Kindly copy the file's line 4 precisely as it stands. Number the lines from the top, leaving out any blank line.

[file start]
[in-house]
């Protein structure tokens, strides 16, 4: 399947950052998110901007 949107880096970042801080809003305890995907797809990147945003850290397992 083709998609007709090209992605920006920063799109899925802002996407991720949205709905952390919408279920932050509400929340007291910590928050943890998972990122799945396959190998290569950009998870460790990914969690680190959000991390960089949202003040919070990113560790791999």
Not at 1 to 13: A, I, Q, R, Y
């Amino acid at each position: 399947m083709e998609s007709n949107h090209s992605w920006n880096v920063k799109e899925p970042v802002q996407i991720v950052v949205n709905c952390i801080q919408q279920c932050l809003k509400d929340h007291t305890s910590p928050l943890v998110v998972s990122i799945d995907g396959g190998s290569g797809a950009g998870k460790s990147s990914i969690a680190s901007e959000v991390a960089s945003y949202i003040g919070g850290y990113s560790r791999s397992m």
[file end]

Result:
């Amino acid at each position: 399947m083709e998609s007709n949107h090209s992605w920006n880096v920063k799109e899925p970042v802002q996407i991720v950052v949205n709905c952390i801080q919408q279920c932050l809003k509400d929340h007291t305890s910590p928050l943890v998110v998972s990122i799945d995907g396959g190998s290569g797809a950009g998870k460790s990147s990914i969690a680190s901007e959000v991390a960089s945003y949202i003040g919070g850290y990113s560790r791999s397992m």